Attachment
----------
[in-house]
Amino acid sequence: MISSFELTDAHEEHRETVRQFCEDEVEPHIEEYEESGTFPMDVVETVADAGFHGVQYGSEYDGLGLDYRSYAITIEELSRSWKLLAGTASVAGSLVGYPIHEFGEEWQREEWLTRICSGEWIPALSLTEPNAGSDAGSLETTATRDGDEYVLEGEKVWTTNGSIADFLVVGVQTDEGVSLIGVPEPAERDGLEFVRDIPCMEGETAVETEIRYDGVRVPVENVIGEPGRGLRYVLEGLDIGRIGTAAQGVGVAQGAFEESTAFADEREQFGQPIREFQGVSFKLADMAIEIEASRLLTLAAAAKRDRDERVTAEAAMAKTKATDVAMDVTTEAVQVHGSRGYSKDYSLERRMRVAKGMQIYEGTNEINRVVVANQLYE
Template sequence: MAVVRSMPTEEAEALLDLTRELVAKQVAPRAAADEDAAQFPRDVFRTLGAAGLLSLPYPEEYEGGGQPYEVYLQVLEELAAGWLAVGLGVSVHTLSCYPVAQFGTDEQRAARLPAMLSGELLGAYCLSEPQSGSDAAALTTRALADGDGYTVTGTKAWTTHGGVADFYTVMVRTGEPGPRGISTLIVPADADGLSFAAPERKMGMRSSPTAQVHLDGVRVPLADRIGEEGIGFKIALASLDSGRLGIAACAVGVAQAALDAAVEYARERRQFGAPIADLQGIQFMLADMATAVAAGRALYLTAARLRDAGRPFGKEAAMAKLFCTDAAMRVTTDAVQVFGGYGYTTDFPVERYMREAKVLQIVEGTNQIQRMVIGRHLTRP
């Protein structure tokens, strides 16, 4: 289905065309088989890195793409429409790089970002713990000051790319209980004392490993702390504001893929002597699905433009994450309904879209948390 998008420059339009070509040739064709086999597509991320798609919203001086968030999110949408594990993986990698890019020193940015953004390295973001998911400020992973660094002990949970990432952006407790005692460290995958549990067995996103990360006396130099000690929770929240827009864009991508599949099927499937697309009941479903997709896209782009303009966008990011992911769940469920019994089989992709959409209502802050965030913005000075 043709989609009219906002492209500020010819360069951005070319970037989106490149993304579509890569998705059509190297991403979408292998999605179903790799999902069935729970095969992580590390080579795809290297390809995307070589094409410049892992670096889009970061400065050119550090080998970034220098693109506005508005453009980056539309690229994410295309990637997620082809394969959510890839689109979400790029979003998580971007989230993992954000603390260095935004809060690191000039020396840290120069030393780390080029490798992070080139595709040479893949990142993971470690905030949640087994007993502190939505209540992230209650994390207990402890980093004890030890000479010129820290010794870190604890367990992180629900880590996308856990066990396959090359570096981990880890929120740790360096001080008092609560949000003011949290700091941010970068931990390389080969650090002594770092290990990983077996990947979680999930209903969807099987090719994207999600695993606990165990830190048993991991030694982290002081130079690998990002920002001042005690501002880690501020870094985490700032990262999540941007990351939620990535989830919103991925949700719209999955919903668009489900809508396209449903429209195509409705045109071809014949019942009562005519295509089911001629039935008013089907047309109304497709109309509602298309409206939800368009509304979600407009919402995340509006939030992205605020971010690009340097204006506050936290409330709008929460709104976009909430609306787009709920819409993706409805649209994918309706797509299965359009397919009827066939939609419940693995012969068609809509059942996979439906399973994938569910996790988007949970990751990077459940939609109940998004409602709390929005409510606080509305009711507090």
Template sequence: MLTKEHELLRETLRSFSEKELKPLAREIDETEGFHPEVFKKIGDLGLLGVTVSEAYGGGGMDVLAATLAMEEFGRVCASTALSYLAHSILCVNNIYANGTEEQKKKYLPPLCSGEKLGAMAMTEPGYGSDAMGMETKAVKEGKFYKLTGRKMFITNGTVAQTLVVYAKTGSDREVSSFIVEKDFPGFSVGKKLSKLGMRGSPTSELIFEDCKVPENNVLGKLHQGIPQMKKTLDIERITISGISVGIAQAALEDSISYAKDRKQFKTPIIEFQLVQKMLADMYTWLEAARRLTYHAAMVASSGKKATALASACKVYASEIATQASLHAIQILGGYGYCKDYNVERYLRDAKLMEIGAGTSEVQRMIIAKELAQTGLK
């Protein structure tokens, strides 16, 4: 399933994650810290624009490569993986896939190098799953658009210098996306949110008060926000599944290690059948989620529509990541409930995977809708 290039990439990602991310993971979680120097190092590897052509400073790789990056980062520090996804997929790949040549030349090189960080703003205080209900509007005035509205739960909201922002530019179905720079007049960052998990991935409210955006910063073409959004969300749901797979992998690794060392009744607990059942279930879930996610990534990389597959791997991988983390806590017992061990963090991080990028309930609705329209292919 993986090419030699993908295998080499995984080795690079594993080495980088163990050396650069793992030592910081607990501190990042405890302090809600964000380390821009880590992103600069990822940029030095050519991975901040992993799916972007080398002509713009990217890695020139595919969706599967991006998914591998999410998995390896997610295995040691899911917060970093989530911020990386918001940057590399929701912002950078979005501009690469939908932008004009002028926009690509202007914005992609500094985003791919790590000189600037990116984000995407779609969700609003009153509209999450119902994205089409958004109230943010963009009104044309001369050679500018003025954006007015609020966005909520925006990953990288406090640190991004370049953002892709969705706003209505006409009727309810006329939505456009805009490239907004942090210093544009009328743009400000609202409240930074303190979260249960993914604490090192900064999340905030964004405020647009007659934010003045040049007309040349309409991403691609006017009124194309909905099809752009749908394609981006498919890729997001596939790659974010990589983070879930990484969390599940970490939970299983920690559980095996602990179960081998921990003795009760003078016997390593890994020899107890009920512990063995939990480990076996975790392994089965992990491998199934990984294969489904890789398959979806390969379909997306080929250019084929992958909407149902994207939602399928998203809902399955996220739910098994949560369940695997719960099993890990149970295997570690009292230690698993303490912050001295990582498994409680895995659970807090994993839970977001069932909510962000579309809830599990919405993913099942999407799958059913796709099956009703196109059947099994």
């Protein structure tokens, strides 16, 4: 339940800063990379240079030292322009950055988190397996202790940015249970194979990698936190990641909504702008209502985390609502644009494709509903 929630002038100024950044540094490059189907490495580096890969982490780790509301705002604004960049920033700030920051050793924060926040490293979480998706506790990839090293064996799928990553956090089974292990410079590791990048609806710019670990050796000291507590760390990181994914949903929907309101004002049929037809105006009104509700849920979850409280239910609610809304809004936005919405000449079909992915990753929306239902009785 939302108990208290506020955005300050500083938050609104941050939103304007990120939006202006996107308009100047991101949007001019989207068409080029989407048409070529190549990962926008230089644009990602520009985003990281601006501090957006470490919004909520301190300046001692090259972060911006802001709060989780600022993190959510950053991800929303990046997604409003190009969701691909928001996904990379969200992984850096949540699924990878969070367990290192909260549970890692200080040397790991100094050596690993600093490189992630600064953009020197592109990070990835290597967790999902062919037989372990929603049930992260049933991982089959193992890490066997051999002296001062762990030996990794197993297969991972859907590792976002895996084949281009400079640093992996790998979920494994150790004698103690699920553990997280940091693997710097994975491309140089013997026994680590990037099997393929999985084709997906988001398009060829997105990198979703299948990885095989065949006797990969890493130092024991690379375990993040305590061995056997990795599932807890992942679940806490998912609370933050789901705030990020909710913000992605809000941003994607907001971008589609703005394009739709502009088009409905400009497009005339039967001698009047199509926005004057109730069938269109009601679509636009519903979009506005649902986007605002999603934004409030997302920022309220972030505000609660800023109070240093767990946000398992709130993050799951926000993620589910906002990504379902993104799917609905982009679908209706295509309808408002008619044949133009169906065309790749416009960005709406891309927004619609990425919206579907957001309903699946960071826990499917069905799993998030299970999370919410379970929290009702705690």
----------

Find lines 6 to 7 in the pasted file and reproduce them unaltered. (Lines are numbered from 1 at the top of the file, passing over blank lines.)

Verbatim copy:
């Protein structure tokens, strides 16, 4: 399933994650810290624009490569993986896939190098799953658009210098996306949110008060926000599944290690059948989620529509990541409930995977809708 290039990439990602991310993971979680120097190092590897052509400073790789990056980062520090996804997929790949040549030349090189960080703003205080209900509007005035509205739960909201922002530019179905720079007049960052998990991935409210955006910063073409959004969300749901797979992998690794060392009744607990059942279930879930996610990534990389597959791997991988983390806590017992061990963090991080990028309930609705329209292919 993986090419030699993908295998080499995984080795690079594993080495980088163990050396650069793992030592910081607990501190990042405890302090809600964000380390821009880590992103600069990822940029030095050519991975901040992993799916972007080398002509713009990217890695020139595919969706599967991006998914591998999410998995390896997610295995040691899911917060970093989530911020990386918001940057590399929701912002950078979005501009690469939908932008004009002028926009690509202007914005992609500094985003791919790590000189600037990116984000995407779609969700609003009153509209999450119902994205089409958004109230943010963009009104044309001369050679500018003025954006007015609020966005909520925006990953990288406090640190991004370049953002892709969705706003209505006409009727309810006329939505456009805009490239907004942090210093544009009328743009400000609202409240930074303190979260249960993914604490090192900064999340905030964004405020647009007659934010003045040049007309040349309409991403691609006017009124194309909905099809752009749908394609981006498919890729997001596939790659974010990589983070879930990484969390599940970490939970299983920690559980095996602990179960081998921990003795009760003078016997390593890994020899107890009920512990063995939990480990076996975790392994089965992990491998199934990984294969489904890789398959979806390969379909997306080929250019084929992958909407149902994207939602399928998203809902399955996220739910098994949560369940695997719960099993890990149970295997570690009292230690698993303490912050001295990582498994409680895995659970807090994993839970977001069932909510962000579309809830599990919405993913099942999407799958059913796709099956009703196109059947099994």
């Protein structure tokens, strides 16, 4: 339940800063990379240079030292322009950055988190397996202790940015249970194979990698936190990641909504702008209502985390609502644009494709509903 929630002038100024950044540094490059189907490495580096890969982490780790509301705002604004960049920033700030920051050793924060926040490293979480998706506790990839090293064996799928990553956090089974292990410079590791990048609806710019670990050796000291507590760390990181994914949903929907309101004002049929037809105006009104509700849920979850409280239910609610809304809004936005919405000449079909992915990753929306239902009785 939302108990208290506020955005300050500083938050609104941050939103304007990120939006202006996107308009100047991101949007001019989207068409080029989407048409070529190549990962926008230089644009990602520009985003990281601006501090957006470490919004909520301190300046001692090259972060911006802001709060989780600022993190959510950053991800929303990046997604409003190009969701691909928001996904990379969200992984850096949540699924990878969070367990290192909260549970890692200080040397790991100094050596690993600093490189992630600064953009020197592109990070990835290597967790999902062919037989372990929603049930992260049933991982089959193992890490066997051999002296001062762990030996990794197993297969991972859907590792976002895996084949281009400079640093992996790998979920494994150790004698103690699920553990997280940091693997710097994975491309140089013997026994680590990037099997393929999985084709997906988001398009060829997105990198979703299948990885095989065949006797990969890493130092024991690379375990993040305590061995056997990795599932807890992942679940806490998912609370933050789901705030990020909710913000992605809000941003994607907001971008589609703005394009739709502009088009409905400009497009005339039967001698009047199509926005004057109730069938269109009601679509636009519903979009506005649902986007605002999603934004409030997302920022309220972030505000609660800023109070240093767990946000398992709130993050799951926000993620589910906002990504379902993104799917609905982009679908209706295509309808408002008619044949133009169906065309790749416009960005709406891309927004619609990425919206579907957001309903699946960071826990499917069905799993998030299970999370919410379970929290009702705690």